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Managing Conflict Between Organizations Published: Sunday, November 28, 2004 By: Dr. Manuel Ángel Morales

There is a profound base of empirical and practical research, pointing to understanding and overcoming conflicts that have the potential of paralyzing organizations as a whole.

When differences regarding ideological postures lead to conflict over whose interpretations are to be subordinated to whose, and under what conditions, the conflict can easily transform itself into a power struggle. Value and ideological differences do not always lead to conflict among groups and organizations. Differences can coexist in mutually enriching ways, as in the case of integrating music and drama in the production of musical theater. This doesn’t mean that the tension created by the difference in positions disappears. The point is that it is out of these tensions that the overall fabric of the production is created, generating an outcome not possible within the medium of either music or drama alone.

When these tensions are not managed with virtue, however, conflicts between the musicians and actors can degenerate on a kind of warlike experience, making the whole performance less than what music or drama alone could have offered. Thus, groups and institutions have to reflect on the conditions that precipitate the switch from potentially complementary value differences to antagonistic ones. Empirical research, quickly points toward the differences in power that accompanies these groups in their respective settings.

Groups and organizations differ in the amount of power they have. This may result from their differences of access to resources, or from having control over critical information, or from being in a position to influence significantly the destiny of others. Power can also emerge from the perception that groups have of each other. A group or an organization may have power because others are convinced that it will exercise that power in a way that does not undermine the interests of those with less power. Power can also result from the groups or the organization’s sense of impotence. Feeling powerless, an organization may relate to another as though this other was powerful and in acting this way this may give the other organization power over it, not because it was powerful but because the powerless group imbued it with power.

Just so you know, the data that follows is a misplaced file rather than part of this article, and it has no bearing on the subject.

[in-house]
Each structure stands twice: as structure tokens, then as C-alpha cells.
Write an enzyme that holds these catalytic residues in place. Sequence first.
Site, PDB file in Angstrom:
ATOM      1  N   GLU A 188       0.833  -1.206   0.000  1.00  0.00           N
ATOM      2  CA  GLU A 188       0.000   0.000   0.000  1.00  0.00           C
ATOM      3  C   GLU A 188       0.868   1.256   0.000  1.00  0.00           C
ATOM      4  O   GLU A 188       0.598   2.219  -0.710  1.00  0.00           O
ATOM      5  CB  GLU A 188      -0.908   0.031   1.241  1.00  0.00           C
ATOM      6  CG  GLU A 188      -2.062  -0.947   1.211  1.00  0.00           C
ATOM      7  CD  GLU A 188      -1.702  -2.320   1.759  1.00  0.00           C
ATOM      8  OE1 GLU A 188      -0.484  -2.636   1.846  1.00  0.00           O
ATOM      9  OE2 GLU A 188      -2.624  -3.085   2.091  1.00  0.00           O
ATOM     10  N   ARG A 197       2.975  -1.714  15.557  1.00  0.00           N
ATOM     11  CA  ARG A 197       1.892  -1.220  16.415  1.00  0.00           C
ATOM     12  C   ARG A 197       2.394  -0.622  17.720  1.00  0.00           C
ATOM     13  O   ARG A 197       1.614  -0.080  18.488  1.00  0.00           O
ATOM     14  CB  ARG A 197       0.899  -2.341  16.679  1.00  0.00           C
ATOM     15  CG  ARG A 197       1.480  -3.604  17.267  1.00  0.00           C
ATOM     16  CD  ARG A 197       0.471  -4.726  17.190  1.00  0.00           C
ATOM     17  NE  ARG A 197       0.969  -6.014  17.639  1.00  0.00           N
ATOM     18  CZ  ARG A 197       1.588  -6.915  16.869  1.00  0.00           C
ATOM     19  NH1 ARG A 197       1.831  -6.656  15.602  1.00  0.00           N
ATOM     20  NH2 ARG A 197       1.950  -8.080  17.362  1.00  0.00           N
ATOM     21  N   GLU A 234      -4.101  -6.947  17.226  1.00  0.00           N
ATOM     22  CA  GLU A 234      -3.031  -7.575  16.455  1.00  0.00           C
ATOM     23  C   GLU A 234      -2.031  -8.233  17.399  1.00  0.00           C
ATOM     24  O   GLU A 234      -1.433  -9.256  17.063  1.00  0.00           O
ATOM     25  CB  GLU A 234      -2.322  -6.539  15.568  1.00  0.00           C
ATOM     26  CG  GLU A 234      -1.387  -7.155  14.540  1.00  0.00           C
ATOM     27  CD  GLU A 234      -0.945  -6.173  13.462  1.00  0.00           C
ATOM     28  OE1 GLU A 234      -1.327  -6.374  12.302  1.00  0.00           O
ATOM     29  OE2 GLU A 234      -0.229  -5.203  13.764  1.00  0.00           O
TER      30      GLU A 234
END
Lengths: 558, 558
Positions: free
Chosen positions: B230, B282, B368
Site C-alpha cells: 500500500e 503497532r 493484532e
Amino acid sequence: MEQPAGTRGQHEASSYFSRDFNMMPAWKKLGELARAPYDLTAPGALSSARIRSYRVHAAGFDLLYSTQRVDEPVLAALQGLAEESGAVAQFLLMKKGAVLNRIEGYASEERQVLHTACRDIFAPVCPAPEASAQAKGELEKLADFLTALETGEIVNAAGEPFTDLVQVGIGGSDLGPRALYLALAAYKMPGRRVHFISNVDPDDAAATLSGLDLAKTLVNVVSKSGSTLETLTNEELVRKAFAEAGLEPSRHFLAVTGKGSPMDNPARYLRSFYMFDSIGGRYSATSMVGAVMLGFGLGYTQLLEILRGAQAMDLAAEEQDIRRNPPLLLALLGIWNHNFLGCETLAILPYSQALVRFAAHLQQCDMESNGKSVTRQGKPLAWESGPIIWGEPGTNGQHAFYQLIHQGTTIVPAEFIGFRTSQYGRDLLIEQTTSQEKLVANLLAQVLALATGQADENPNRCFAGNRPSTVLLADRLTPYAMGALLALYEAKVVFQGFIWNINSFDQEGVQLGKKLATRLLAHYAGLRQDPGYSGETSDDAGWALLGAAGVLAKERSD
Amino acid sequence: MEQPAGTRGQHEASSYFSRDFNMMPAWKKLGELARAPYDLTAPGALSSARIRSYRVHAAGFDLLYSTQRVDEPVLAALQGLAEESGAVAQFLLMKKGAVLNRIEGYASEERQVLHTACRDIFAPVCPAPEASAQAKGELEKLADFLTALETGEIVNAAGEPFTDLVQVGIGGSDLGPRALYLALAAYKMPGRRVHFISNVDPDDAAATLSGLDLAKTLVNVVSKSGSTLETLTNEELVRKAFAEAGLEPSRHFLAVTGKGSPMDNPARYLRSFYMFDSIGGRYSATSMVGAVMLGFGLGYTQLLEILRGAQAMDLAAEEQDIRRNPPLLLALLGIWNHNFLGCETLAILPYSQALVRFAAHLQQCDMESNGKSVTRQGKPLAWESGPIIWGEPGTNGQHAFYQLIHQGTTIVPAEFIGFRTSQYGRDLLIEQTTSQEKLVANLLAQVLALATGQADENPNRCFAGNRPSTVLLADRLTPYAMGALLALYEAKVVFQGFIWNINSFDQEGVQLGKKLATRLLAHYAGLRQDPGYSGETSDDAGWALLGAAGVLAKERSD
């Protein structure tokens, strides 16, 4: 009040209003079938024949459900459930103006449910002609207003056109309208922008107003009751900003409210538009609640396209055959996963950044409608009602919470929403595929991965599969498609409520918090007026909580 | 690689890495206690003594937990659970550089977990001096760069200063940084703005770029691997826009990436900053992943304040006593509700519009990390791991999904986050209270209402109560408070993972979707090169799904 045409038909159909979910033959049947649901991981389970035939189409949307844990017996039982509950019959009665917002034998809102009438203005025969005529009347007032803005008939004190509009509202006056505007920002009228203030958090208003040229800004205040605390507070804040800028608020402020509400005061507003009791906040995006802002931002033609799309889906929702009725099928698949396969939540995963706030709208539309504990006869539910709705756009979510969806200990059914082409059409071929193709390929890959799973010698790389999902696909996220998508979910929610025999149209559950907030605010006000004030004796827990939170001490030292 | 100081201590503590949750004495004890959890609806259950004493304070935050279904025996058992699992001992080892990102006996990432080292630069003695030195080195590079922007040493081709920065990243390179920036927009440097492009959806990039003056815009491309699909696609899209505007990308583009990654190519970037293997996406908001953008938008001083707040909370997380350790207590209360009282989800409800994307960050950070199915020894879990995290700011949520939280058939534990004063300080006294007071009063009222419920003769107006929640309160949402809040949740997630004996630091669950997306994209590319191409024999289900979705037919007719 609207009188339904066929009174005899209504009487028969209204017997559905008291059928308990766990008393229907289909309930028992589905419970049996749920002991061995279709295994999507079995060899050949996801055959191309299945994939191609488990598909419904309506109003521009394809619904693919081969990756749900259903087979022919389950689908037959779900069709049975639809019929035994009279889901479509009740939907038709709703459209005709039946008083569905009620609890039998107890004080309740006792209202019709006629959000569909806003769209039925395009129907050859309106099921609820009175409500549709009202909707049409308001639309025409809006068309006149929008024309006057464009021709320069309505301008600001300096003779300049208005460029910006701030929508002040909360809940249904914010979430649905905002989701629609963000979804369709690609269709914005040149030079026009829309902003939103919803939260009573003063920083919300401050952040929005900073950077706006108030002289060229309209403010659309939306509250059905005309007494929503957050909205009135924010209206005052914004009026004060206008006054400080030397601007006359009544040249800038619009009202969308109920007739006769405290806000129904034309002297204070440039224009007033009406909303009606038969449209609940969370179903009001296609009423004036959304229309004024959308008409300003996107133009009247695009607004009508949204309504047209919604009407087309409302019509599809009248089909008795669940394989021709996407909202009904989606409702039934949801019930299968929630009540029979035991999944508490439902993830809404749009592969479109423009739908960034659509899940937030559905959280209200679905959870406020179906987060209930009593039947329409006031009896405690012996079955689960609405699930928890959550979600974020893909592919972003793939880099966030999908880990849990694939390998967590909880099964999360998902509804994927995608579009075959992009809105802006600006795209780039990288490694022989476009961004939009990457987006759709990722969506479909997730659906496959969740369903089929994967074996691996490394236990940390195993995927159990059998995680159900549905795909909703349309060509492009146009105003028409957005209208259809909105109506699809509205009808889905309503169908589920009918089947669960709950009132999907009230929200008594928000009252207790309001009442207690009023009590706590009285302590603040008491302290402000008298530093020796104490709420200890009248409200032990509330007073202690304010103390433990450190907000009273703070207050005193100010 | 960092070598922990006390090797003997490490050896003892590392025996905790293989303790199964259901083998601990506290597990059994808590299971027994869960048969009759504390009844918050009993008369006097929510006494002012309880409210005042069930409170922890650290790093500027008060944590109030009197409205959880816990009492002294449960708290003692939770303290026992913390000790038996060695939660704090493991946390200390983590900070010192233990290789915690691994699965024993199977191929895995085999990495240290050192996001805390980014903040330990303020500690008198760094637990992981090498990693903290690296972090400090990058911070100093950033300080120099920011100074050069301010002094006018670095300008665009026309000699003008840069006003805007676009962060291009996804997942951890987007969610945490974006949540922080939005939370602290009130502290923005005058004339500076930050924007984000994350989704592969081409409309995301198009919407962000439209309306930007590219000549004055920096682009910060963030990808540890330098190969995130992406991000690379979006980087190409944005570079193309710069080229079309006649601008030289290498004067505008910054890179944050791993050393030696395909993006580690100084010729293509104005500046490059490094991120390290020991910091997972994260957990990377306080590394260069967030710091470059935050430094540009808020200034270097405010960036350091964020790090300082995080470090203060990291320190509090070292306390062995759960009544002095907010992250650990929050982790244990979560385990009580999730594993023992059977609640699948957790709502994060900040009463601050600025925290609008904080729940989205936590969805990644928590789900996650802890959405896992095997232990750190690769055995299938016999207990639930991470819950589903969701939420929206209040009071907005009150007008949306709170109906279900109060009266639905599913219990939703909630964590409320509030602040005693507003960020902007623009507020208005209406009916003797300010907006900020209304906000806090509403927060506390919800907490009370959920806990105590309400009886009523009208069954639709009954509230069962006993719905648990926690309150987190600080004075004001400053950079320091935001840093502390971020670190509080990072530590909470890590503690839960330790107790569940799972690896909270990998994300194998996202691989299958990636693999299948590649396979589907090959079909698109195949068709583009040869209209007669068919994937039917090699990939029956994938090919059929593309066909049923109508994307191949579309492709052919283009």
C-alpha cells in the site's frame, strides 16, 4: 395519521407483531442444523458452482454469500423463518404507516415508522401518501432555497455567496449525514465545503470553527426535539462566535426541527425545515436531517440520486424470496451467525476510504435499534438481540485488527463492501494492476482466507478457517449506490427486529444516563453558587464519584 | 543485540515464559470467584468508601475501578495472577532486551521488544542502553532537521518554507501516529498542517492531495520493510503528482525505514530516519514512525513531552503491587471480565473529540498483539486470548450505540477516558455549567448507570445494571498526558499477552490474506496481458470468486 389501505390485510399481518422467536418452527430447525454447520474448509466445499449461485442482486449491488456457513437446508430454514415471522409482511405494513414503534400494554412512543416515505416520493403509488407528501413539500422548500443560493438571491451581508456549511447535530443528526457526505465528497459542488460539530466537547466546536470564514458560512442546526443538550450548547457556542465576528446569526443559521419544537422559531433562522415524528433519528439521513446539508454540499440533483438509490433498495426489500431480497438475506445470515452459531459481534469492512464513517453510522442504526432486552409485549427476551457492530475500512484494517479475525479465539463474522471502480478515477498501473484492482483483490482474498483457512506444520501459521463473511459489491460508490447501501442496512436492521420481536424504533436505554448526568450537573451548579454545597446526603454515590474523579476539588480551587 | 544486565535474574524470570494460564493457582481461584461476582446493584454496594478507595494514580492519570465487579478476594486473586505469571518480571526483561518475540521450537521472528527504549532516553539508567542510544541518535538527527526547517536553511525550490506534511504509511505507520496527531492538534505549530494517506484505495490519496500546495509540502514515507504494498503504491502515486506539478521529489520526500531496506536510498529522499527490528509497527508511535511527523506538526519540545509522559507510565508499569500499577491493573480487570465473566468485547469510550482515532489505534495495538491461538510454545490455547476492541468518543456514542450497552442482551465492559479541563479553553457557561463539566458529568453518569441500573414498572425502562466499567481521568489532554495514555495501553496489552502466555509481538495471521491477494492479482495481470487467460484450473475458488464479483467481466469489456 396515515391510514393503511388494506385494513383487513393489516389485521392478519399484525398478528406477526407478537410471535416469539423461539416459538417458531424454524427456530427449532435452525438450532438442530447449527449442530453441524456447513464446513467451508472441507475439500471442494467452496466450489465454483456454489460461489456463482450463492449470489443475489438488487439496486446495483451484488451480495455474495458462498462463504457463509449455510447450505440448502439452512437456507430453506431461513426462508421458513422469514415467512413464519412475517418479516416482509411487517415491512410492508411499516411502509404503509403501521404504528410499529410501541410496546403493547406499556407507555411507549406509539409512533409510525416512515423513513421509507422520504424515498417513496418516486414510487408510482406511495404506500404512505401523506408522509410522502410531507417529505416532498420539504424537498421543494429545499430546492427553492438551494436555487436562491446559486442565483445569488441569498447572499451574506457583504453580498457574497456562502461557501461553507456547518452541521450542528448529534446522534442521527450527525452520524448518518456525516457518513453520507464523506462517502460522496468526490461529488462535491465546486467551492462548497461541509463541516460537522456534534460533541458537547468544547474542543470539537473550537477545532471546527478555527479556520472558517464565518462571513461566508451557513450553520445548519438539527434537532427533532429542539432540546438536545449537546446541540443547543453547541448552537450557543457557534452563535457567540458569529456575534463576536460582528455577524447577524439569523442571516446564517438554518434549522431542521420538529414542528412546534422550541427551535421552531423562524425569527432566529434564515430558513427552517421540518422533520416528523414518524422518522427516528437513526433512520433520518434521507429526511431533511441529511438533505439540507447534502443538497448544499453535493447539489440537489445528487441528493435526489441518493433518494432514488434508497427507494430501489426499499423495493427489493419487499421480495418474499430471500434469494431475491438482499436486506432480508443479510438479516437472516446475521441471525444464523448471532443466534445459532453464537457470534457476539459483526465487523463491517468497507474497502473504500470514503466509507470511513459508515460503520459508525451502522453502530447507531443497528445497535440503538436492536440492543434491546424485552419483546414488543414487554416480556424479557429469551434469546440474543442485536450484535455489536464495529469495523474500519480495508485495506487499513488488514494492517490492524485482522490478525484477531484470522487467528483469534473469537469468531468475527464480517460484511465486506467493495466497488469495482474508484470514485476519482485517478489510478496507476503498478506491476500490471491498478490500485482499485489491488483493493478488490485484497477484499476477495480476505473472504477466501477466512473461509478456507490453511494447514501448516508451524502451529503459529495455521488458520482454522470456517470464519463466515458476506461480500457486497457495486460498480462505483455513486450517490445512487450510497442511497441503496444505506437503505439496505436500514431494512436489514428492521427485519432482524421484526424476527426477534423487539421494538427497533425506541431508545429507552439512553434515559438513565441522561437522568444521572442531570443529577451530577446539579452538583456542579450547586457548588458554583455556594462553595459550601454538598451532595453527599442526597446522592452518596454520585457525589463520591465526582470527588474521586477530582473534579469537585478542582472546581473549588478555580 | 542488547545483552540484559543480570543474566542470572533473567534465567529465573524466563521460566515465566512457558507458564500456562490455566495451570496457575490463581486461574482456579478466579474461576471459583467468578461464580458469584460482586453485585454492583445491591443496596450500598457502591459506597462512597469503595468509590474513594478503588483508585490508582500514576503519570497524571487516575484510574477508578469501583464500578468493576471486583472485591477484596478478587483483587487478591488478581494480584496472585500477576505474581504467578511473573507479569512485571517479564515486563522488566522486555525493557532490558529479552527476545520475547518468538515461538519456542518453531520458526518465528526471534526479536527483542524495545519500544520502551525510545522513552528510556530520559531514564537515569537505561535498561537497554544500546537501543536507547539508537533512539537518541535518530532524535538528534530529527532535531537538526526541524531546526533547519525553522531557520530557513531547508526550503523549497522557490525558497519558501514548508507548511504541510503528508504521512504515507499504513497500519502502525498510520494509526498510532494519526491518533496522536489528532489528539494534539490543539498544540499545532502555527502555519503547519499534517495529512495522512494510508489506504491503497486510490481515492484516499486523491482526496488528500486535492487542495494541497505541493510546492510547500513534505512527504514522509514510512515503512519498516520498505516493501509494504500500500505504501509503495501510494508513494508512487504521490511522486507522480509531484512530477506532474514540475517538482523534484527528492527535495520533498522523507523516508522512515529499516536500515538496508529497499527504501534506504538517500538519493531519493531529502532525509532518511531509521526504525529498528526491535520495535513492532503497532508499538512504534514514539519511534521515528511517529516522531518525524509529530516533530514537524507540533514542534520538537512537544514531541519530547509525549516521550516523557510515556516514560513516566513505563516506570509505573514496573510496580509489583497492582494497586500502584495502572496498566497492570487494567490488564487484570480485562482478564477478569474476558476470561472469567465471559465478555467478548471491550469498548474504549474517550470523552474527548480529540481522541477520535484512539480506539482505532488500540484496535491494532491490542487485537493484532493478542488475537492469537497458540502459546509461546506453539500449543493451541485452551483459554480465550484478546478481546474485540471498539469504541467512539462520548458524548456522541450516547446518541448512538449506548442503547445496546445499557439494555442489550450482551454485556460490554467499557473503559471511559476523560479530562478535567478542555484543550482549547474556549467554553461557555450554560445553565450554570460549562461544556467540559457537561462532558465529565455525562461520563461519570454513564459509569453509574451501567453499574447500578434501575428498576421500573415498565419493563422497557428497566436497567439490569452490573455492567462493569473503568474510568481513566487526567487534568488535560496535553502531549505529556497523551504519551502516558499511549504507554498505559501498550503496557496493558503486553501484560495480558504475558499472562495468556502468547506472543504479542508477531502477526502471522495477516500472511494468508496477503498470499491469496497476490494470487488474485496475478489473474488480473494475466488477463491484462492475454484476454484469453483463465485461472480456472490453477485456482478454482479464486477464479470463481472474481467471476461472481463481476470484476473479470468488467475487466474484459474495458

From another angle one can say that power is an attribute of the relationship between groups and organizations, rather than of any group itself. This distinction is important because some groups and organizations could show the tendency of always ending up on the powerful or powerless side of exchanges and hence experience the power or powerless as an apparent attribute of themselves. Despite this however, their actual power in the larger social system is an element of their relationships with other groups.

Some groups and organizations seem to be in a position, either legitimately or illegitimately, to define how interactions among the parts are to be conducted. Such groups can behave in a proactive manner, setting goals, structuring requirements on others, and energetically pursuing whatever they want to achieve. There are other groups in a position of reacting to the initiatives of others, not setting their own goals directly but borrowing from what others want of them or deciding their priorities on the basis of rejecting others proposals. These differences are a matter of proactivity versus reactivity approaches. There are others proposals caught in the middle of these two approaches, seemingly without their own reason for existence but needed as a buffer or mediator between proactive and reactive units. These groups define themselves not so much in terms of the others as in terms of how the others interact.

Power differences create the settings for both a large number of potential conflicts and creative possibilities that otherwise would not emerge if the conflict is not present. The conflicts may be played as power struggles or fused with value and goal differences over who have access to what resources and for what purposes. There are at least three guiding rules for coping and managing these contexts: (1) Go toward, rather than away the anxiety or tension associate with an issue or an event. (2) The role of the leader is one that facilitates the exploration of the profoundness of tension realities. (3) Be aware of the way others define the single group or organizational reality. 

Copyright 2004 QBS, Inc.
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